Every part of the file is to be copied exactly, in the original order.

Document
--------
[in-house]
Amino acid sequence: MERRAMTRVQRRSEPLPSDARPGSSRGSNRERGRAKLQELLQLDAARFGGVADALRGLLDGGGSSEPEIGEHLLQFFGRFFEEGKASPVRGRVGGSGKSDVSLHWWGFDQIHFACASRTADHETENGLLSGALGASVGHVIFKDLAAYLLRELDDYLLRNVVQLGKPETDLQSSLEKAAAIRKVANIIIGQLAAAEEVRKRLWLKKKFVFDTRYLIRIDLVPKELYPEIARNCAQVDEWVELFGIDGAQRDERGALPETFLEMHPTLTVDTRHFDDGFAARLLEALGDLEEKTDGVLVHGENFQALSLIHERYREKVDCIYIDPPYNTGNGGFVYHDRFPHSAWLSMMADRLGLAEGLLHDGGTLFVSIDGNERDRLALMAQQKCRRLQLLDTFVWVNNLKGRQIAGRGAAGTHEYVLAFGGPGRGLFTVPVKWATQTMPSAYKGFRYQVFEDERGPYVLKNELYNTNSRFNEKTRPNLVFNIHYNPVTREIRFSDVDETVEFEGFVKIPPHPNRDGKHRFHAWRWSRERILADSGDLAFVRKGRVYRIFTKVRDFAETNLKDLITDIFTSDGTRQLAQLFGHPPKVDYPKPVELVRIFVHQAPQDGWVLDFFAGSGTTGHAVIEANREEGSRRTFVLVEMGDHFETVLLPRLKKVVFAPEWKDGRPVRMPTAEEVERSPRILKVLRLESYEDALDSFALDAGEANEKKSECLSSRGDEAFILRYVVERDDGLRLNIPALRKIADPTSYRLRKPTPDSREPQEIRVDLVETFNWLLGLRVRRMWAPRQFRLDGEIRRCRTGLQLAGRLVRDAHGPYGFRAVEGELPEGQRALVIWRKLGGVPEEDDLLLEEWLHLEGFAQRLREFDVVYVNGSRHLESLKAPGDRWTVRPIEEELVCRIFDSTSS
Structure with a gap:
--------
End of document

[in-house]
Amino acid sequence: MERRAMTRVQRRSEPLPSDARPGSSRGSNRERGRAKLQELLQLDAARFGGVADALRGLLDGGGSSEPEIGEHLLQFFGRFFEEGKASPVRGRVGGSGKSDVSLHWWGFDQIHFACASRTADHETENGLLSGALGASVGHVIFKDLAAYLLRELDDYLLRNVVQLGKPETDLQSSLEKAAAIRKVANIIIGQLAAAEEVRKRLWLKKKFVFDTRYLIRIDLVPKELYPEIARNCAQVDEWVELFGIDGAQRDERGALPETFLEMHPTLTVDTRHFDDGFAARLLEALGDLEEKTDGVLVHGENFQALSLIHERYREKVDCIYIDPPYNTGNGGFVYHDRFPHSAWLSMMADRLGLAEGLLHDGGTLFVSIDGNERDRLALMAQQKCRRLQLLDTFVWVNNLKGRQIAGRGAAGTHEYVLAFGGPGRGLFTVPVKWATQTMPSAYKGFRYQVFEDERGPYVLKNELYNTNSRFNEKTRPNLVFNIHYNPVTREIRFSDVDETVEFEGFVKIPPHPNRDGKHRFHAWRWSRERILADSGDLAFVRKGRVYRIFTKVRDFAETNLKDLITDIFTSDGTRQLAQLFGHPPKVDYPKPVELVRIFVHQAPQDGWVLDFFAGSGTTGHAVIEANREEGSRRTFVLVEMGDHFETVLLPRLKKVVFAPEWKDGRPVRMPTAEEVERSPRILKVLRLESYEDALDSFALDAGEANEKKSECLSSRGDEAFILRYVVERDDGLRLNIPALRKIADPTSYRLRKPTPDSREPQEIRVDLVETFNWLLGLRVRRMWAPRQFRLDGEIRRCRTGLQLAGRLVRDAHGPYGFRAVEGELPEGQRALVIWRKLGGVPEEDDLLLEEWLHLEGFAQRLREFDVVYVNGSRHLESLKAPGDRWTVRPIEEELVCRIFDSTSS
Structure with a gap: